This painting (right) depicts the battle of 旅順, a major harbor city coveted also by Russia, Germany, and France. These three nations had objected to and ultimately denied the Japanese demand for the Liaotung Peninsula in the Shimonoseki Peace Treaty (detailed below). 旅順, however, eventually became a battle ground in the Russo-Japanese war of 1904-5.
The Japanese Navy [blue arrows in the map above], in coordination with the Army, had launched from Nagasaki and sailed steadily north along the west coast of Korea. In July, 1894, it dueled with the Qing Navy in the 豐島 Sea. And in the Battle of the Yellow Sea (Sep, 1894) had annihilated the Qing 北洋Beiyang Fleet. In this diagram on the left, the Japanese battleships are shown in black. Togo Heihachiro commanded the 浪速Naniwa. He had come to observe the Battle of Fisherman's Wharf in 1884.
The commander-in-chief of the Qing Fleet, the British-trained Admiral 丁汝昌Ting Lu-Chang was on board his flagship, the Battleship 定遠TingYuan. Both Ting and the ship were wounded. Unfortunately, Adm Ting did not designate a second-in-command and the chain of command was lost. With the fleet now in poor formation, the ships became easy targets for the faster and more powerful Japanese fleet. All together, 5 Qing warships were sunk. After the loss at the Battle of the Yellow Sea, the Qing fleet regrouped to defend 威海衛. This mission had also failed. And on Feb 11, 1895, Adm Ting committed suicide refusing to yield to the Japanese. The Qing Court did not honor his death citing dereliction of duty. It actually disallowed a proper burial for Adm Ting until 1910 when he was somehow exonerated for losing both the battle and the fleet.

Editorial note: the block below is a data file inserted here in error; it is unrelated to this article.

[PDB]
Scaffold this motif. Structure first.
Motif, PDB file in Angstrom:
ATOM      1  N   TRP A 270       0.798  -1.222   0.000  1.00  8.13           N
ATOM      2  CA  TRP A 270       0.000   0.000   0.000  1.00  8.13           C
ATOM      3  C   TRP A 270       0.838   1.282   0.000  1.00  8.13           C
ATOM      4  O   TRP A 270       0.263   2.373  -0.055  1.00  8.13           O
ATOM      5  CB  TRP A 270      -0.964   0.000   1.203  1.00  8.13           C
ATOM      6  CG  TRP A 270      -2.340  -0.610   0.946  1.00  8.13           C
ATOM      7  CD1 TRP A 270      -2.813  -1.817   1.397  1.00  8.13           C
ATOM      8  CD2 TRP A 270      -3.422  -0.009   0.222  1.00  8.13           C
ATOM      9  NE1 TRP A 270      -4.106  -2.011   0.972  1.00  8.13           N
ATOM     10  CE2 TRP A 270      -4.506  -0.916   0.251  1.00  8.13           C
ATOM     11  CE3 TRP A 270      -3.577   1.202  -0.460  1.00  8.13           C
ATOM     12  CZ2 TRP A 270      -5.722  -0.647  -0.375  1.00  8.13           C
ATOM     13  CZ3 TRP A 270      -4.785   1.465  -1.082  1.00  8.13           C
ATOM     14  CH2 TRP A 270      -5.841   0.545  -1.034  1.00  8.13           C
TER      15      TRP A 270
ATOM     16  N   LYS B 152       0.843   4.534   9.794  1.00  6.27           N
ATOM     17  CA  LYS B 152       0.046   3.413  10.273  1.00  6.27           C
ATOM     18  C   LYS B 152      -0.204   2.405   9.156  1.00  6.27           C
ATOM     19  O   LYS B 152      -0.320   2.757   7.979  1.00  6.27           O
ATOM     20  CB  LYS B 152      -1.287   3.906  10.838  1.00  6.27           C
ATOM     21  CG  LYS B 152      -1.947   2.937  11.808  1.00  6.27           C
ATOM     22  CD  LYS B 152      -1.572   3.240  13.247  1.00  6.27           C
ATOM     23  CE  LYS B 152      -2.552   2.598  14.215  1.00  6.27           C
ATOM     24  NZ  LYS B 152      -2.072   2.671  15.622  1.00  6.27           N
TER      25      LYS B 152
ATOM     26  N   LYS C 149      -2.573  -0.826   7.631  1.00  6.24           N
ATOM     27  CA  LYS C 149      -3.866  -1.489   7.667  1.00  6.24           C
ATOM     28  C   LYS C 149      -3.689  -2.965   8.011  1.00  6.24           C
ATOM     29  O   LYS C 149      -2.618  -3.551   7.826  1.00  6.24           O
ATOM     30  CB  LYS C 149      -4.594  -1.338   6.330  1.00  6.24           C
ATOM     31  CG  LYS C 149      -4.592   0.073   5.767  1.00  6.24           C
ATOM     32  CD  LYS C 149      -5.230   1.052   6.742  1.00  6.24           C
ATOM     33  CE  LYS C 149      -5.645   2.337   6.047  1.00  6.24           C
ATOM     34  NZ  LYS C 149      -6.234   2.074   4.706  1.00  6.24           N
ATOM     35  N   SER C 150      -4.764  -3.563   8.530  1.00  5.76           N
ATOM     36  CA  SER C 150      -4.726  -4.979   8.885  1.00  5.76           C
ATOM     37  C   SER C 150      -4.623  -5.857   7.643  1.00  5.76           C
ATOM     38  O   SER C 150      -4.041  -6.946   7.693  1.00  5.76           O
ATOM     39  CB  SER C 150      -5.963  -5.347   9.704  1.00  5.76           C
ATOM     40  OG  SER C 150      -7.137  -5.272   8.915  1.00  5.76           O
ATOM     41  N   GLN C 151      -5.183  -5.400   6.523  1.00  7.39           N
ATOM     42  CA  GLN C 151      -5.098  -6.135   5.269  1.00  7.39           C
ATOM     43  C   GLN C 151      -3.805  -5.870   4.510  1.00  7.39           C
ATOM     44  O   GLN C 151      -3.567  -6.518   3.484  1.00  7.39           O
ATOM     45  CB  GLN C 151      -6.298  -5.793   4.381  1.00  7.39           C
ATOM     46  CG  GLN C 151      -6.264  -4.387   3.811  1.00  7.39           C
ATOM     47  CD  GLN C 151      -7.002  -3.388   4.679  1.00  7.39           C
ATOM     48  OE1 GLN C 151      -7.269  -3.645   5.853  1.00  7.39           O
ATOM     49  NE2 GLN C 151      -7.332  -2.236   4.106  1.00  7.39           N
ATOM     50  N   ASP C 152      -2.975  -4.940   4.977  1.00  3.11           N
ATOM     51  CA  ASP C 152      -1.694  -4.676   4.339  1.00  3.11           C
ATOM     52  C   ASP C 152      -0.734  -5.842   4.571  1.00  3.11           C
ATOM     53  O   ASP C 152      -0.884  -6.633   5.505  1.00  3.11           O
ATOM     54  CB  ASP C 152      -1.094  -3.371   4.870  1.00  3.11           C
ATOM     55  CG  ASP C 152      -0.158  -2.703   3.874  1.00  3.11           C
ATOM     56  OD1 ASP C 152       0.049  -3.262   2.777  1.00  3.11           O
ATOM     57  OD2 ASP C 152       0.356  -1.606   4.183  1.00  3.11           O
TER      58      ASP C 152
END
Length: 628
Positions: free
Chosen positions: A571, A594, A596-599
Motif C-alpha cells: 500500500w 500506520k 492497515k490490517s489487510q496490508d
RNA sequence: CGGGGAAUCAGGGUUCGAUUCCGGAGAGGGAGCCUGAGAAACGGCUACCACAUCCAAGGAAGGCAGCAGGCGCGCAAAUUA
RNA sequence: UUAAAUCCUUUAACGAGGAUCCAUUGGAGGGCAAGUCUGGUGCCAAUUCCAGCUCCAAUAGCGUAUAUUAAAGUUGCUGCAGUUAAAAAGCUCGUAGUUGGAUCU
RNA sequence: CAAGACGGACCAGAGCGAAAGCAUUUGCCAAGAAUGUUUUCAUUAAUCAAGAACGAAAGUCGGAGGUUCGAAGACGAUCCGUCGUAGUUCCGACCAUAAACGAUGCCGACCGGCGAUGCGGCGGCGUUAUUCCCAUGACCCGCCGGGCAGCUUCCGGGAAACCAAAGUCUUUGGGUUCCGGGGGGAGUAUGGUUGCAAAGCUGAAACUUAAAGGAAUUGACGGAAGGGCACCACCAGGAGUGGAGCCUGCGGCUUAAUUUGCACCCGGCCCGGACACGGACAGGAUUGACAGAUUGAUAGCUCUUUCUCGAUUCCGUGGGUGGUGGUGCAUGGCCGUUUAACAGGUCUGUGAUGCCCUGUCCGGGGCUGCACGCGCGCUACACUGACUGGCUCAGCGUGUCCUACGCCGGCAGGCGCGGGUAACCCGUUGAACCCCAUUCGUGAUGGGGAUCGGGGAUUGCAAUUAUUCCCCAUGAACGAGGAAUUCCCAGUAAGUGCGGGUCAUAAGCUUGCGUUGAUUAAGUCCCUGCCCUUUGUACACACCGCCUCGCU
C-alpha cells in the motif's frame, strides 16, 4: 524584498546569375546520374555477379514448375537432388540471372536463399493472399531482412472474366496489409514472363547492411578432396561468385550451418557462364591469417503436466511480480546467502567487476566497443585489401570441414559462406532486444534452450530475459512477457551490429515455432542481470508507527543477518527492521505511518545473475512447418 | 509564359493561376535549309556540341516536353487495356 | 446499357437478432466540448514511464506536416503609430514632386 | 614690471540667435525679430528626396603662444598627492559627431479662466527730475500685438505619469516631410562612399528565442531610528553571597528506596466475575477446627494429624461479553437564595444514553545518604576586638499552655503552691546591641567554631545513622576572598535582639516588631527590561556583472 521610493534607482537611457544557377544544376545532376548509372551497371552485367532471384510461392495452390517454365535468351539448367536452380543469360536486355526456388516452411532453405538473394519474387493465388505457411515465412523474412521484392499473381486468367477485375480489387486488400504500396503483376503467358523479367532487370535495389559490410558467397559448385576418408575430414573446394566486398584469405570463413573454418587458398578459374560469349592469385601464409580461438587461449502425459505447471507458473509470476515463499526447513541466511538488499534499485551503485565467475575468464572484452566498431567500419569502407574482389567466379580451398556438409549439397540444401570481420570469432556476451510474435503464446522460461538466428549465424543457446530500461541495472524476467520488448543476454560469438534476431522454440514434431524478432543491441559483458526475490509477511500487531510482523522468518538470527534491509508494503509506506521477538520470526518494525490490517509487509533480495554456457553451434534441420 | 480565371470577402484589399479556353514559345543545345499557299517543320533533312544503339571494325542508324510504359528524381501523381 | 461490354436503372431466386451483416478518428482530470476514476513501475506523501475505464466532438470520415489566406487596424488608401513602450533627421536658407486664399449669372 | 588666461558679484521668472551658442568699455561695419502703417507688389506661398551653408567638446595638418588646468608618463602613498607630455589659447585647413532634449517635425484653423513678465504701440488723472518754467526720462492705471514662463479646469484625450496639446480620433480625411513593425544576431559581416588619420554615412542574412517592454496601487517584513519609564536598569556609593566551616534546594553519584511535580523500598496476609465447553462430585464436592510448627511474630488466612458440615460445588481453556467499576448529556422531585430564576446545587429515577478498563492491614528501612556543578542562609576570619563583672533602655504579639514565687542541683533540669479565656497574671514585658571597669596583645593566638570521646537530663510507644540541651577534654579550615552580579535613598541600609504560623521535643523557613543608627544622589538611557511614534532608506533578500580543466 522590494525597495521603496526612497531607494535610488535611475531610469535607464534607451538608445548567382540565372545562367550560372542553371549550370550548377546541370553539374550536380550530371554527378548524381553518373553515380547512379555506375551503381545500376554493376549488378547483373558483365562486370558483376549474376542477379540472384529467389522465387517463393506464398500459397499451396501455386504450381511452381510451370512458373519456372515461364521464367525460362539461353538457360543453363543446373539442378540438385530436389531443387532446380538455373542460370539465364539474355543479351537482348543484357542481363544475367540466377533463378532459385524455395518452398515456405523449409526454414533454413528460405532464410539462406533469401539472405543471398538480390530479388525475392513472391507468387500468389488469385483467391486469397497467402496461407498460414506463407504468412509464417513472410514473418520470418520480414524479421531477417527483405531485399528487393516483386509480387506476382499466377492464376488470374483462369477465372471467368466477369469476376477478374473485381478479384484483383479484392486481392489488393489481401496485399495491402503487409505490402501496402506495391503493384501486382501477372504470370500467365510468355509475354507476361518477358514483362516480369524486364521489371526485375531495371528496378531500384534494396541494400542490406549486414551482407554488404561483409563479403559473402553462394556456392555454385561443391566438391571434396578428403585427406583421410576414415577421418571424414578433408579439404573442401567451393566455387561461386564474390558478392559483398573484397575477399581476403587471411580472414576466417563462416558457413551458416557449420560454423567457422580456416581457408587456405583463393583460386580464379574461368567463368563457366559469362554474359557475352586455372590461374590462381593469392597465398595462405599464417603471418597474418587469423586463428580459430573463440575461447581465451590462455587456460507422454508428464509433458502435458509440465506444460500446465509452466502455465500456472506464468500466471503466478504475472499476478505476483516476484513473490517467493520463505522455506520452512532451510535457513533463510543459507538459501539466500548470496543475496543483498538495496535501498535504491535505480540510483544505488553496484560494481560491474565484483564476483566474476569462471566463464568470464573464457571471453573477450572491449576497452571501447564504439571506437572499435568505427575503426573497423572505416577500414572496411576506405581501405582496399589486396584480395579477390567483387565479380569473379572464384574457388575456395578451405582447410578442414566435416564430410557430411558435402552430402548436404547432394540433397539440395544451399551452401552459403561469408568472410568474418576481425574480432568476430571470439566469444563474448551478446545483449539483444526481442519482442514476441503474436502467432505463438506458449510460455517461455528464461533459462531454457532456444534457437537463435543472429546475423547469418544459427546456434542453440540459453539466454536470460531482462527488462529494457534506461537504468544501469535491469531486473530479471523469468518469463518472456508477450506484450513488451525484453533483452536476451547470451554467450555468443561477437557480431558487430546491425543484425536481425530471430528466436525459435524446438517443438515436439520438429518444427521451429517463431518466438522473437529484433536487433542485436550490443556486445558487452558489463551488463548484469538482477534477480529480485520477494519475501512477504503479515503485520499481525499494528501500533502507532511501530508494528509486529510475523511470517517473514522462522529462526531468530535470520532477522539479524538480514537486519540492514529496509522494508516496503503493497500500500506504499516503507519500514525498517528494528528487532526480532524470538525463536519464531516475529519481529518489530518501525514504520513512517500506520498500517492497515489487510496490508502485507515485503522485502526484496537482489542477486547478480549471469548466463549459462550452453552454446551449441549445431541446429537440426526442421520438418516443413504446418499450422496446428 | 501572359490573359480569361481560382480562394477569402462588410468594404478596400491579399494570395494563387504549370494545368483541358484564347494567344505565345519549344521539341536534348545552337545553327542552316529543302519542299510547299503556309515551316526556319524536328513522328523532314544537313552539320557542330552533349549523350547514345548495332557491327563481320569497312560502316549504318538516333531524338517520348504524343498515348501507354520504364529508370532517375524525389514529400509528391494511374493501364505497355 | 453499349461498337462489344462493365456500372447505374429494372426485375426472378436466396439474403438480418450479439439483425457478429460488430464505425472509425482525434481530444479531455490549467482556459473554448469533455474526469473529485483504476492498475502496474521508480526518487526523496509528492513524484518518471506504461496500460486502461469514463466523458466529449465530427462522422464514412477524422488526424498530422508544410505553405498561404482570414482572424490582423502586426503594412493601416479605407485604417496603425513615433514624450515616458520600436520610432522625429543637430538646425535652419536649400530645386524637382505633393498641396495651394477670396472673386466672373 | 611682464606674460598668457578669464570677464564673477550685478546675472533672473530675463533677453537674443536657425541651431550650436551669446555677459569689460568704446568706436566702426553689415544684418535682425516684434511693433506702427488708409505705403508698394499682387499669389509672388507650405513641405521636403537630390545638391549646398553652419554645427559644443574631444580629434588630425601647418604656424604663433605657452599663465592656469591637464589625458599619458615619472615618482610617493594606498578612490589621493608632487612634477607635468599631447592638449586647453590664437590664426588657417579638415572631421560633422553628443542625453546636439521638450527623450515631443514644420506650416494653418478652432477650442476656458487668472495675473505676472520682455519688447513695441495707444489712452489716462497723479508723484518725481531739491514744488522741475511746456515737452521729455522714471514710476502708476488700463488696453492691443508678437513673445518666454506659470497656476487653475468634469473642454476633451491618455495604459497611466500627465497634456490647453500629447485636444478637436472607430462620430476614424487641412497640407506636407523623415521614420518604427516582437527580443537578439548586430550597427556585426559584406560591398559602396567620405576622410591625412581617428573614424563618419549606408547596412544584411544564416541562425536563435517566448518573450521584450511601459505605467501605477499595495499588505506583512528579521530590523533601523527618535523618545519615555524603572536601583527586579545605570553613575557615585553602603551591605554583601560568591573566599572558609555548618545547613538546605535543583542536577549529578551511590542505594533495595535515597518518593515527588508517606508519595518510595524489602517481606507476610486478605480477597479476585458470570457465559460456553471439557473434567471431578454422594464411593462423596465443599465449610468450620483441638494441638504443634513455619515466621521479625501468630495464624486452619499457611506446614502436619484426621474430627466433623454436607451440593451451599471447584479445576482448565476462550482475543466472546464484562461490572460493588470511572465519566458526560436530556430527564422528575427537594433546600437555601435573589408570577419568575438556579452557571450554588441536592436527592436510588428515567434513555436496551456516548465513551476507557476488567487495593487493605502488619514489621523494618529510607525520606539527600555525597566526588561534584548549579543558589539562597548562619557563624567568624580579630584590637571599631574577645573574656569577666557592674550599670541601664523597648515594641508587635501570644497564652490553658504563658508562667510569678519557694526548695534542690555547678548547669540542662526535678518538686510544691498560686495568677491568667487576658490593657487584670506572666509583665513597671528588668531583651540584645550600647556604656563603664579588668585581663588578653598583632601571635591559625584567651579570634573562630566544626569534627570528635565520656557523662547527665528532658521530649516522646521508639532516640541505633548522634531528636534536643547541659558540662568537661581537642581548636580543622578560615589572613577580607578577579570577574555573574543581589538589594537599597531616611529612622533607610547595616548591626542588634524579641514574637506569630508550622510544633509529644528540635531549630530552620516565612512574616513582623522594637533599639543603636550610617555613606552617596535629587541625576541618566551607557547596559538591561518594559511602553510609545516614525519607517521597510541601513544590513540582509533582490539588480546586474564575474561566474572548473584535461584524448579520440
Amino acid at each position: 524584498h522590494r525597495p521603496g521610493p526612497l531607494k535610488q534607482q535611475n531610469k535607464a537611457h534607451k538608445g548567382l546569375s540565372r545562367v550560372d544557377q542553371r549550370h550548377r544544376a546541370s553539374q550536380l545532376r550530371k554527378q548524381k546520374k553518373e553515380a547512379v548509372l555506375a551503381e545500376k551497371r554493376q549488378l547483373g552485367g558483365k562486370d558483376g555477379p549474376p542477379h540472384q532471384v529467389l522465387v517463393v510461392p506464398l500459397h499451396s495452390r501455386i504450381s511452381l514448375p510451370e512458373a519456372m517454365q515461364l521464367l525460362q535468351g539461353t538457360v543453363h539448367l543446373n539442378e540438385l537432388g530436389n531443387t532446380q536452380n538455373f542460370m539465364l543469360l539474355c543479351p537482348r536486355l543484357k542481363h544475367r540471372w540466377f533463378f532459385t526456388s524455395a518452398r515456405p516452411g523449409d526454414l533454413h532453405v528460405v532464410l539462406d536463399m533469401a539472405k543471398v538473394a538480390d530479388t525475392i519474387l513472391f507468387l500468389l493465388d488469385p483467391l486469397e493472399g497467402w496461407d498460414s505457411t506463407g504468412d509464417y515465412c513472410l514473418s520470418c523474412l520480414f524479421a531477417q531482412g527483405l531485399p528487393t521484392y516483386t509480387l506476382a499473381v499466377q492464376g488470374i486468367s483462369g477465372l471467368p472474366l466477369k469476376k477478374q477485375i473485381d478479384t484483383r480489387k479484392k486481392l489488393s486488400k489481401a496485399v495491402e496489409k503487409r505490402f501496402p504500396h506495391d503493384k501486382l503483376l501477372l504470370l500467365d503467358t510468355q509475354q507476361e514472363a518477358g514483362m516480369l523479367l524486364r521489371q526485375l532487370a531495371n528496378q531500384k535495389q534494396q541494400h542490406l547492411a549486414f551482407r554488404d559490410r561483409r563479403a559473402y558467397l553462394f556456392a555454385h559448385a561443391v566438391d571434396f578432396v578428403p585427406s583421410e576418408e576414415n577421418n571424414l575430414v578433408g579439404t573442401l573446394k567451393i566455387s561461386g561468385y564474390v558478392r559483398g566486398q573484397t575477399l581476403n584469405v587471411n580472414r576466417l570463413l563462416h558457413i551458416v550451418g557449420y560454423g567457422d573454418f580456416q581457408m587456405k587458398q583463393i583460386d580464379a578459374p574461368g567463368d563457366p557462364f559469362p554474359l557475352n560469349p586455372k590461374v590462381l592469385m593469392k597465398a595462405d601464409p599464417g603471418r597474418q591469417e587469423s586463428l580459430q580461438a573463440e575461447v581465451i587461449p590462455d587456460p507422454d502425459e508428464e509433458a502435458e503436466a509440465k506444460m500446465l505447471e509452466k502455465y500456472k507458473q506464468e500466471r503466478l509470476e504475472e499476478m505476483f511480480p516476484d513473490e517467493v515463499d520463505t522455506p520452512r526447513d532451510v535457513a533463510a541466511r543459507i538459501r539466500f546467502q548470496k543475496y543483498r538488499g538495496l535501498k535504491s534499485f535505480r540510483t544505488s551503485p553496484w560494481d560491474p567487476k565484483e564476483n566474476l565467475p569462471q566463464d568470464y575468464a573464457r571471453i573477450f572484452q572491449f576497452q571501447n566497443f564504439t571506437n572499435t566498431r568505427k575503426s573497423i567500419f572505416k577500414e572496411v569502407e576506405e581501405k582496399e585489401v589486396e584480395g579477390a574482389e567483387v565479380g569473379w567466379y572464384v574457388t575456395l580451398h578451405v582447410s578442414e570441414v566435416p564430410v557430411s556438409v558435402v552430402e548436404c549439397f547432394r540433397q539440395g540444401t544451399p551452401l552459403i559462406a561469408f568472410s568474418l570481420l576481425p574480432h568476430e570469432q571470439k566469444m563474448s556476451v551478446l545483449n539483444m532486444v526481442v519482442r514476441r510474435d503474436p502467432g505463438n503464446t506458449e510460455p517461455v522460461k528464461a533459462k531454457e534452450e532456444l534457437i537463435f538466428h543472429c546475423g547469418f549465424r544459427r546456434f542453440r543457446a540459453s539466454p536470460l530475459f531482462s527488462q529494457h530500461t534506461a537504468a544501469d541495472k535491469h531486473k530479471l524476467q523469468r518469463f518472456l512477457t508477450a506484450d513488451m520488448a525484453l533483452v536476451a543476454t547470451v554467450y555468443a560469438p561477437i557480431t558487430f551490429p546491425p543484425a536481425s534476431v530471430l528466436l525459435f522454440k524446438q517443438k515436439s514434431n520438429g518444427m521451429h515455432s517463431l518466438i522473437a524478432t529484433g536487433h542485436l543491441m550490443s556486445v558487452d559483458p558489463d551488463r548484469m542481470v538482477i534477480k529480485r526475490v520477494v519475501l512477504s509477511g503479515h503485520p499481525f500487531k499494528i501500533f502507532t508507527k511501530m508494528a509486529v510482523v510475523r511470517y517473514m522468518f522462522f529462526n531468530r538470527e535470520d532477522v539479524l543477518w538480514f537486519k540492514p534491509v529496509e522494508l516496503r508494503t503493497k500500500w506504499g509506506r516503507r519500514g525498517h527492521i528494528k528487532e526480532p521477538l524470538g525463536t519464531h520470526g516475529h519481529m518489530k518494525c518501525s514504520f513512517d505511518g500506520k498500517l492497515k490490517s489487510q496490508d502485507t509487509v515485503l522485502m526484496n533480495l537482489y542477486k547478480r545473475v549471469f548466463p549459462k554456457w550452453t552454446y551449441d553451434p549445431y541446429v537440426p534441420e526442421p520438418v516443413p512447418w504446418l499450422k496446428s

As a footnote, the 定遠, built in Germany and commissioned in 1883 but delivered only after the Sino-French War, was a steel-hulked warship (see picture below). At 7,220 tons with 22 guns (4 of them Krupps at 305-mm), it was one of the most formidable battleships of the Qing Navy. It evoked a sense of doom among the Japanese during an 1886 port call to Japan. It, as other warships in the Qing fleet, had fallen into disrepair owing to the misappropriation of funds by the Qing Royal Court. By 1894, it was no longer an adequately armed warship. 定遠's sister ship, the 鎮遠ZhenYuan was captured near 威海衛 by the Japanese and conscripted into 17 years of service before being scrapped and sold in 1912. Some remaining parts were returned to China in 1947. To end the war, a peace treaty must be agreed upon by both sides. On March 23, 1895, Japan attacked the Pescadores Islands [with Togo Heihachiro playing a crucial role] to put pressure on the negotiation. The meetings took place in a restaurant 春帆楼 in下関, also known as 馬關, in 山口Yamaguchi Prefecture. And the first part of the treaty reads as follows:
Essentially, the Shimonoseki Treaty下関条約 [or 馬關條約 in Chinese] stipulates:
1. 清朝の朝鮮に対する「宗主権」放棄（朝鮮独立の承認）[that the Qing Court recognize the independence of Korea] 2. 遼東半島・台湾・澎湖諸島の割譲 [that Liaotung Peninsula, Taiwan and the Pescadores be ceded to Japan] 3. 庫平銀(賠償金), 2億両(テール, 約3億円)の支払 [that Japan be compensated for 200 million silver taels or about 300 million Japanese Yen] 4. 新通商条約の締結と最恵国待遇条款 [that Japan be granted the most favored status in a new commercial trade treaty] 5. 沙市・重慶・蘇州・杭州の開市・開港 [that several named ports be opened for trade] 6. 条約履行の担保として山東半島の威海衛の一時占領 [that the port city 威海衛 be temporarily occupied by Japan to guarantee the execution of the peace treaty]
So, there it was, in Article 2: Taiwan and PengHu would henceforth become part of Japan.
The reaction in Taiwan? To put it mildly, it was one of disbelief with an overwhelming sense of betrayal. On May 29, 1895, Japanese forces landed in northern Taiwan ready for the occupation. They ran into fierce Taiwanese resistance which was to last for 5 months until all major cities were lost. It was not until 50 years later, in 1945, when another war nullified the treaty.